This led to anger that the story had an unsatisfactory ending. Playing devil’s advocate here, but imagine yourself in Ellie’s shoes. If your loved one was murdered right before your very eyes, you would likely see red, and may want revenge as well. Though, there are consequences for revenge, and I think this is an important message to remember when considering the ending.
Maybe the most controversial move on Naughty Dog’s part was the killing of our beloved Joel, who was arguably one of the greatest video game characters of all time. I get it. It’s okay to hate Neil Druckmann for this decision (though it’s not okay to harass him over it). Joel was my video game love, and I probably would have been heart-broken over this scene if it hadn’t been spoiled for me beforehand. Nevertheless, let us discuss why Joel was murdered in the first place.
At the end of the first game, Joel saves Ellie from certain death to selfishly protect himself from hurt again. Remember, his daughter Sarah died in the game opener. In order to seek a cure for the cordyceps brain infection threatening humanity, Ellie would have had to die. She was immune, so she was an ideal candidate to help create a cure for the disease. Now, Joel had fallen in love with Ellie as if she were his own flesh and blood by the end scenes. And by saving Ellie, he did two things: He killed Abby’s father, the doctor who was operating on Ellie, and he did irreparable damage to humanity, as humans were still suffering from the outbreak. The cure had been prolonged or eliminated completely due to Joel’s selfishness. He did a really bad thing. So in part 2, even after protecting and saving Abby, Abby brutally murders him with a golf club to the head. Is his death justified? That’s up to you to decide. Killing such a well-rounded character one hour into the sequel, just didn’t do it for me. If he has to die, can we have it later so we can experience more of his story without flashbacks that provided nothing to the game?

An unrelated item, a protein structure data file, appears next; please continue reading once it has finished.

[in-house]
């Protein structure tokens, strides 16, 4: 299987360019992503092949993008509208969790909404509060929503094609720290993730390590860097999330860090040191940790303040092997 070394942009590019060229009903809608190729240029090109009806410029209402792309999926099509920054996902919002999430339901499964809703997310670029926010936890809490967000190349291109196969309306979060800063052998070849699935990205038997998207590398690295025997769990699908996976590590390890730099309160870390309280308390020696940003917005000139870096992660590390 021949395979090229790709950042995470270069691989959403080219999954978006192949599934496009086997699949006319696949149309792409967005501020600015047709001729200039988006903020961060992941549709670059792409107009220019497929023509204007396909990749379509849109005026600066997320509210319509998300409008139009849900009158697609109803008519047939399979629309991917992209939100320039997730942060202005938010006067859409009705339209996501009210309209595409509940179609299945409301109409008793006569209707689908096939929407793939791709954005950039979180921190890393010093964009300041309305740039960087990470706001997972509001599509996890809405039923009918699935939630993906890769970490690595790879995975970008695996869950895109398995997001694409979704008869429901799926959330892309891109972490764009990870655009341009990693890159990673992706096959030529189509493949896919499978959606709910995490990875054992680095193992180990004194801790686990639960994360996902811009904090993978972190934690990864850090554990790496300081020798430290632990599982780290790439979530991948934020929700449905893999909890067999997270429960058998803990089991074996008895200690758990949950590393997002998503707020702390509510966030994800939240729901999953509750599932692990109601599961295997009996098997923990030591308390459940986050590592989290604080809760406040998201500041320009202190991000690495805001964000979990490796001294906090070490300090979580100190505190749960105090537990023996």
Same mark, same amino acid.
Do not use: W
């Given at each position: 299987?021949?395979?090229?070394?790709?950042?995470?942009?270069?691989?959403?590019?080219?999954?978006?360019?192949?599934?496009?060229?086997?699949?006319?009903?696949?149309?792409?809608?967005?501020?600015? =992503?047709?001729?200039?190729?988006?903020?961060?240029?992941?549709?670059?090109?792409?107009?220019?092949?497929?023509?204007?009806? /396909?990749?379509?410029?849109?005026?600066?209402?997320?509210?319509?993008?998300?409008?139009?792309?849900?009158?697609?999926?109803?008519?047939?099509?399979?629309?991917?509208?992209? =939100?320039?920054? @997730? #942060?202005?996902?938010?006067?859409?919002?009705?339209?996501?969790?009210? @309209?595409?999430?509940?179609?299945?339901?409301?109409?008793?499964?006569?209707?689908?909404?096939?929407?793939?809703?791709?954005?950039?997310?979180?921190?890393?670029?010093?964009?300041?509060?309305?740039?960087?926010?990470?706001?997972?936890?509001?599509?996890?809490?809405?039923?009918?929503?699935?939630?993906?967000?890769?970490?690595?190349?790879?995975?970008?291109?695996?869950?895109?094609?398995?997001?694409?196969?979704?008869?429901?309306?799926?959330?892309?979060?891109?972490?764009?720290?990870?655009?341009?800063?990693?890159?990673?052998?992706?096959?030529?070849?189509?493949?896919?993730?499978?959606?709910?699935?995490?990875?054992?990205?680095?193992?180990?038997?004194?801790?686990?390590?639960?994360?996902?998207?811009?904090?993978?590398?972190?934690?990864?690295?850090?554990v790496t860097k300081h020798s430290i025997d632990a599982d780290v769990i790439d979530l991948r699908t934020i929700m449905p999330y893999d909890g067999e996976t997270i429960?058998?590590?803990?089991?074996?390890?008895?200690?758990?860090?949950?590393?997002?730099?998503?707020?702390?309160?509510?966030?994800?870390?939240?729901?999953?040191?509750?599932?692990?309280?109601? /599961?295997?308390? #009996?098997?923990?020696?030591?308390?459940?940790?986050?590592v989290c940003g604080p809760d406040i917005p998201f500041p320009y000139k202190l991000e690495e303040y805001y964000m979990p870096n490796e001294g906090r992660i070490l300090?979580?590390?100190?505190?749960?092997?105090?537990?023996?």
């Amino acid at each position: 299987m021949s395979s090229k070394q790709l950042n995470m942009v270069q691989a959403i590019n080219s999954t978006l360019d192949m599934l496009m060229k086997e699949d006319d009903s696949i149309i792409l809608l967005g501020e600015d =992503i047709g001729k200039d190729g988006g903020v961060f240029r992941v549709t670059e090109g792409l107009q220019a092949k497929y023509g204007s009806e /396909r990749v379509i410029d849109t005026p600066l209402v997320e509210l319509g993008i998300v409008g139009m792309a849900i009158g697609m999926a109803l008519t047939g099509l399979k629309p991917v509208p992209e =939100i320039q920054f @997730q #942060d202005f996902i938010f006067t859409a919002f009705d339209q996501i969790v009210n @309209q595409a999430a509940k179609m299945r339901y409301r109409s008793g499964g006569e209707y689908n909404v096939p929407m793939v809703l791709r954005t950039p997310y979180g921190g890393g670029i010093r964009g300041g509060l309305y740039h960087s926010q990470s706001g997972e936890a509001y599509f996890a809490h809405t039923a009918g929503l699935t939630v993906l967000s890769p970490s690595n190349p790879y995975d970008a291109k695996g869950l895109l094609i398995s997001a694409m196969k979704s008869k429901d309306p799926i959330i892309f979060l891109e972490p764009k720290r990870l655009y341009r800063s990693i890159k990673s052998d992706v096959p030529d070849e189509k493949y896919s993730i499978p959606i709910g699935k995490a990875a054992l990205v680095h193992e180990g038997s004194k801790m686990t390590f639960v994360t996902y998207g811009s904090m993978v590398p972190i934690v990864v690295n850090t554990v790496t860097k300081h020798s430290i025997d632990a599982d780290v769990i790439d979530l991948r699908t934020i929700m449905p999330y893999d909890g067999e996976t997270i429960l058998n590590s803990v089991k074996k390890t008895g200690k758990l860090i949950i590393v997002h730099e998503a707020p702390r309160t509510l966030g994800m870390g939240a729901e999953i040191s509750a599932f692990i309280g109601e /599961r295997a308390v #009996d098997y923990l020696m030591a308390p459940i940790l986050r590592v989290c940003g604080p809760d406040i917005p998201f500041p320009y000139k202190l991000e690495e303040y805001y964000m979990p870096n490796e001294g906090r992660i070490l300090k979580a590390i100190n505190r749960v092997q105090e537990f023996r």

Everything we knew and loved in The Last of Us was ruined in part 2 – the hope, the love we shared for Ellie and Joel – all gone. I can absolutely see why some people hate this game. The ending really left a disgusting taste in a lot of people’s mouths; however, it’s worth mentioning that it did make us feel something, good or bad. Regarding the ending, Sarco (@sarco1893) stated, “No Joel. No vengeance. No Dina. No vengeance, again. Down two fingers on our left hand. I did, however, gain a truckload of WTF moments, confusion, and a general ARGH! sense of feeling when thinking of The Last of Us Part II.” There’s no doubt part 2 has angered some fans, and some to the point that they wouldn’t be interested in playing a part 3.
I don’t really understand the 10 out of 10 review scores, but I can appreciate the reasons why people could love this game. It’s well-made. The characters felt alive. The post-apocalyptic world was beautiful and inviting. And there was incredible attention to detail in every single turn. It’s okay to have differing opinions on the game. No one is right or wrong here. But disagreeing with others’ opinions by throwing insults at the other side is unjustified. I see many variations of: “You must be stupid if you don’t like this game. You just didn’t understand it.” Or maybe I just wanted a stronger theme than “violence isn’t the answer.” I understand why this story was made. I just didn’t enjoy it.
Regardless, there are many more controversial topics we could discuss about The Last of Us Part 2. I haven’t touched the surface of what I’ve seen people complain about online. No matter our personal feelings, we can all admit Naughty Dog pours their heart and soul in their games. They set out to push the limit with The Last of Us Part 2, and they definitely succeeded. I honestly don’t know if we’ll ever have another game with so much divisiveness, so much controversy. I wouldn’t elect it as my personal Game of the Year, but it definitely wins the award for the Most Controversial Game of the Year.